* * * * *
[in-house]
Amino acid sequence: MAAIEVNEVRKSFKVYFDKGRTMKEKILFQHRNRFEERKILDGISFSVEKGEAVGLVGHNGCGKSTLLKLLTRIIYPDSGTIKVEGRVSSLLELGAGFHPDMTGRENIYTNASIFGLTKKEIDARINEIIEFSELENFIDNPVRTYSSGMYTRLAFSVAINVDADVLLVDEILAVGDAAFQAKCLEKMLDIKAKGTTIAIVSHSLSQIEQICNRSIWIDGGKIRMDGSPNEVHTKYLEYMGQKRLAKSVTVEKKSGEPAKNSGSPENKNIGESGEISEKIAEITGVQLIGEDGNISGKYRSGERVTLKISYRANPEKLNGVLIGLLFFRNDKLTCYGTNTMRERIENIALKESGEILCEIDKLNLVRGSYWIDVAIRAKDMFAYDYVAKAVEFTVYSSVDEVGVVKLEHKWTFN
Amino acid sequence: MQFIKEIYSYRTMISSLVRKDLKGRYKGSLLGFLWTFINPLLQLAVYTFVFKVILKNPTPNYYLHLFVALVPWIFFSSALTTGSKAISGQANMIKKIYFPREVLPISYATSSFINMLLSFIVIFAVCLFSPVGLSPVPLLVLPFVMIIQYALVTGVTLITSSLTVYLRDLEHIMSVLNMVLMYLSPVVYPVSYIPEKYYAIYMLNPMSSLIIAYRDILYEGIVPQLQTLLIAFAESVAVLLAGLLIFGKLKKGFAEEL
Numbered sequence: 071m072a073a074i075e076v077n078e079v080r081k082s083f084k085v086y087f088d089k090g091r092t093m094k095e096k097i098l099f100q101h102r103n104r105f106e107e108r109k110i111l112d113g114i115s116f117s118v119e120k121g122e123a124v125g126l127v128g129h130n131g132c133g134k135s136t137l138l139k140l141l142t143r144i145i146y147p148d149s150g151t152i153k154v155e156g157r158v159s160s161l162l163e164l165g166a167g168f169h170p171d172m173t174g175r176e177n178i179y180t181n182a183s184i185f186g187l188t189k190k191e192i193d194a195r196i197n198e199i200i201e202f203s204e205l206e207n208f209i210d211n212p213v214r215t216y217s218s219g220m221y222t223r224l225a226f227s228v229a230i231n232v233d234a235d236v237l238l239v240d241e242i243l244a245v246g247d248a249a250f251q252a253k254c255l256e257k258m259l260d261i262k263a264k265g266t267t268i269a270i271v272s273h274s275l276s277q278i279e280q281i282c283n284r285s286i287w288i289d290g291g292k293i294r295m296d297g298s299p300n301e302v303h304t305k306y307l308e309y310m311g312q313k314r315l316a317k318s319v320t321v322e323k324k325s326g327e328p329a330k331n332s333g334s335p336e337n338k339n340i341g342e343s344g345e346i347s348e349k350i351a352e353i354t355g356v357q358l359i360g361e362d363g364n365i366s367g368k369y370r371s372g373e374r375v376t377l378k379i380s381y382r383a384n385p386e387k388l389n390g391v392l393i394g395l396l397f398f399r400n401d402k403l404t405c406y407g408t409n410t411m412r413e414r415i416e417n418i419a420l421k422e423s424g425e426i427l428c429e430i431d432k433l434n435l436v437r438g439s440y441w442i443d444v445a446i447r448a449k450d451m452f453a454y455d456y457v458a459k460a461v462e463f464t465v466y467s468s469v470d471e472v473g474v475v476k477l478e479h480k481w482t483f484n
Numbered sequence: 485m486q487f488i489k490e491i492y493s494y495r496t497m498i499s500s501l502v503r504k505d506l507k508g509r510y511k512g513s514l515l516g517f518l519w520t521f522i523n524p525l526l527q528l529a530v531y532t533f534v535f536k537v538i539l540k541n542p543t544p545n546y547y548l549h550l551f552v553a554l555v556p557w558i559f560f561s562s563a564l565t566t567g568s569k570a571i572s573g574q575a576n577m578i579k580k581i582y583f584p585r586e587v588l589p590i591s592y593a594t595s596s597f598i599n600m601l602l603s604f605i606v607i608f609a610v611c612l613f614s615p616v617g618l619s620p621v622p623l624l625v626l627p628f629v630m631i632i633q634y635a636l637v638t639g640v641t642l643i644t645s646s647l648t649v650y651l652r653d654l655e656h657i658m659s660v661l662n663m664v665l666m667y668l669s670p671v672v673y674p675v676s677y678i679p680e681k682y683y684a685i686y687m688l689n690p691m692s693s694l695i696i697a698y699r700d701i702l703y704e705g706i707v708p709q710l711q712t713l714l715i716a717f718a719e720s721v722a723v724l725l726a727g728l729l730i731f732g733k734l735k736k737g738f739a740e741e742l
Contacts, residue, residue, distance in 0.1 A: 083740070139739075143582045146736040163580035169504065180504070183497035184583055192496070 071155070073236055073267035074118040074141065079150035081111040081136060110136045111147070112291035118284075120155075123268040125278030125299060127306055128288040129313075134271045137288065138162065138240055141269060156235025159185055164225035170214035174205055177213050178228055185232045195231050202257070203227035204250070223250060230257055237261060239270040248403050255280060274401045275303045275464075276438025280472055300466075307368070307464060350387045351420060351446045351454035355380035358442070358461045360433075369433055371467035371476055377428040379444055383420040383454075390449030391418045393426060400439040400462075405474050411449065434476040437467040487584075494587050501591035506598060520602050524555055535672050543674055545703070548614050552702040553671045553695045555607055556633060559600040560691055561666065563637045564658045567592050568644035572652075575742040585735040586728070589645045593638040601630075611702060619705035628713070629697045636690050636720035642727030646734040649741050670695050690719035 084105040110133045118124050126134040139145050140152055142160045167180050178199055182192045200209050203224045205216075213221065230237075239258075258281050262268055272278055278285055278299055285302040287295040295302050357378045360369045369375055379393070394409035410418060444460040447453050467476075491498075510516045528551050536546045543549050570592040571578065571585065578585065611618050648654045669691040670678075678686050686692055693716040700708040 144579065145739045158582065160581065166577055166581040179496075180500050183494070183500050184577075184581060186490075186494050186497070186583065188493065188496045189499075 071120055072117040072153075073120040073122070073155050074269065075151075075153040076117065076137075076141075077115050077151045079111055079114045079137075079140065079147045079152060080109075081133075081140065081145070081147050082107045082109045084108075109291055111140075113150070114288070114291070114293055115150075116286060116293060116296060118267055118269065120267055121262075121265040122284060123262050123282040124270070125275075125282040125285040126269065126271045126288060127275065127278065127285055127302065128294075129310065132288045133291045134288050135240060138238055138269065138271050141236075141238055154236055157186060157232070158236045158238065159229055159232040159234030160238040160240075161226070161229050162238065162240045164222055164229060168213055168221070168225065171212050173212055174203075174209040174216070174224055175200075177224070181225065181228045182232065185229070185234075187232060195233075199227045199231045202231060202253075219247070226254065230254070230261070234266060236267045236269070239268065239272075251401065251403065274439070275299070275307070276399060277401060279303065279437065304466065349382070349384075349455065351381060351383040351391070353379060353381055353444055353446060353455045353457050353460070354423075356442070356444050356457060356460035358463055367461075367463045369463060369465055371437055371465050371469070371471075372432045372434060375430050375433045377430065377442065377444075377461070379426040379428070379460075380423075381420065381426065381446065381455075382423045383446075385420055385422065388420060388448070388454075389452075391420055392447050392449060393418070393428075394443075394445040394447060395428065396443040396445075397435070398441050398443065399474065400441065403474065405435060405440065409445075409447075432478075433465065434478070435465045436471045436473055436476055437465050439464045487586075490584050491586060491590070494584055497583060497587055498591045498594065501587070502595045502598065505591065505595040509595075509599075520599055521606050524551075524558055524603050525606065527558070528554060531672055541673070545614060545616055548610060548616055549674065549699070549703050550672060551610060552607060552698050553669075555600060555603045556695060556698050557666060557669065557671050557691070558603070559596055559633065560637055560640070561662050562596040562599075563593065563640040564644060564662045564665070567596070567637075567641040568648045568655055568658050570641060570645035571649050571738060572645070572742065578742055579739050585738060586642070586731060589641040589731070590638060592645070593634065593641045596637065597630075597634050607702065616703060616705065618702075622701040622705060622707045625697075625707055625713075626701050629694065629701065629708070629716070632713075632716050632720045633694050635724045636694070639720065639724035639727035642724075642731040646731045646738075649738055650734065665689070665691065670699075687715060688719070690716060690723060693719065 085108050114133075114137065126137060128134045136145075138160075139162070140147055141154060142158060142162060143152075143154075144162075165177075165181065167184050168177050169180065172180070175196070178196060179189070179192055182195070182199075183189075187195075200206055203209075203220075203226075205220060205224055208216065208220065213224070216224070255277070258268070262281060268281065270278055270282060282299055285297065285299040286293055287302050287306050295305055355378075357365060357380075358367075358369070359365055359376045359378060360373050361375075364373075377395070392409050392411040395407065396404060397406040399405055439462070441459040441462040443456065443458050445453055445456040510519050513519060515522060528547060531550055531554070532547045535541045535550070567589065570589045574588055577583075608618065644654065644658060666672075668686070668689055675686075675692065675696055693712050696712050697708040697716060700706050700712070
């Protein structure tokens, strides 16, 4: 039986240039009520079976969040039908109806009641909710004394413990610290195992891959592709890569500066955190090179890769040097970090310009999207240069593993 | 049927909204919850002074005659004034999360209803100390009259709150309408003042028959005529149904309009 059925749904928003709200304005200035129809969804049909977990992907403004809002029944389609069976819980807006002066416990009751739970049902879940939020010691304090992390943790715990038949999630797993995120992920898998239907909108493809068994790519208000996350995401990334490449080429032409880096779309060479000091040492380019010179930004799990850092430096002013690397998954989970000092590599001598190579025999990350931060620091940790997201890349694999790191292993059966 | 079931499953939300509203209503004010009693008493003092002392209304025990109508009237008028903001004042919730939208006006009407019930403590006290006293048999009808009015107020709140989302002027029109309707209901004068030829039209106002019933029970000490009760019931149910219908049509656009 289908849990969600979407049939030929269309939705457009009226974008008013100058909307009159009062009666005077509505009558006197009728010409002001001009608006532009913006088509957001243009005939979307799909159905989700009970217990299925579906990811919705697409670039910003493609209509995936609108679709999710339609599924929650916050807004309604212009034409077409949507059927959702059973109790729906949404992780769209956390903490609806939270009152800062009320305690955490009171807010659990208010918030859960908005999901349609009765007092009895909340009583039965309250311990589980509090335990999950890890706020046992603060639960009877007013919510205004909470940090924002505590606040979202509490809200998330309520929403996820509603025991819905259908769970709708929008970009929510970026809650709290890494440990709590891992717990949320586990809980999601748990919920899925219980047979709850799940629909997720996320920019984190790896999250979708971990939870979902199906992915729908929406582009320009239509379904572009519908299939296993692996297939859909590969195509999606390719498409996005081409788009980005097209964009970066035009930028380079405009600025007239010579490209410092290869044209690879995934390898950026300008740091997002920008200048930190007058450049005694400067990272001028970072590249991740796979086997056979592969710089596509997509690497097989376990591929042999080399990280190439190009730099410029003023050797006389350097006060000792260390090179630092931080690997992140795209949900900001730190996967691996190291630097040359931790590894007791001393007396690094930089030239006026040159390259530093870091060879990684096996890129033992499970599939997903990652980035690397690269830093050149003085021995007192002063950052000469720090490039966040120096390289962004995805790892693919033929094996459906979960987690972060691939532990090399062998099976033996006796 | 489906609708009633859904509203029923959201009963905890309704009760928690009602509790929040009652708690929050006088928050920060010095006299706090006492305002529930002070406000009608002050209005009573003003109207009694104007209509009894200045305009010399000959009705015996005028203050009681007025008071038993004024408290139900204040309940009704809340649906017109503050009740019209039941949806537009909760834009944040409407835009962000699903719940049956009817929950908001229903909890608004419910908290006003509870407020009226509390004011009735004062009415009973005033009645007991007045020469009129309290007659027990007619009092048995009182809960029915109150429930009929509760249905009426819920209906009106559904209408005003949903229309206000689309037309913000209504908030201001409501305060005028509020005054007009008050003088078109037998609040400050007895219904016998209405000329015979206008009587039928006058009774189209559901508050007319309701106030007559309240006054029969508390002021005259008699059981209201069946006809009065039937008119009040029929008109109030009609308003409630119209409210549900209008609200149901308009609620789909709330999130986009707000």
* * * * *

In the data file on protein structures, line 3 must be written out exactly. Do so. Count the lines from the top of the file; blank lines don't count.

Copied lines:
Amino acid sequence: MQFIKEIYSYRTMISSLVRKDLKGRYKGSLLGFLWTFINPLLQLAVYTFVFKVILKNPTPNYYLHLFVALVPWIFFSSALTTGSKAISGQANMIKKIYFPREVLPISYATSSFINMLLSFIVIFAVCLFSPVGLSPVPLLVLPFVMIIQYALVTGVTLITSSLTVYLRDLEHIMSVLNMVLMYLSPVVYPVSYIPEKYYAIYMLNPMSSLIIAYRDILYEGIVPQLQTLLIAFAESVAVLLAGLLIFGKLKKGFAEEL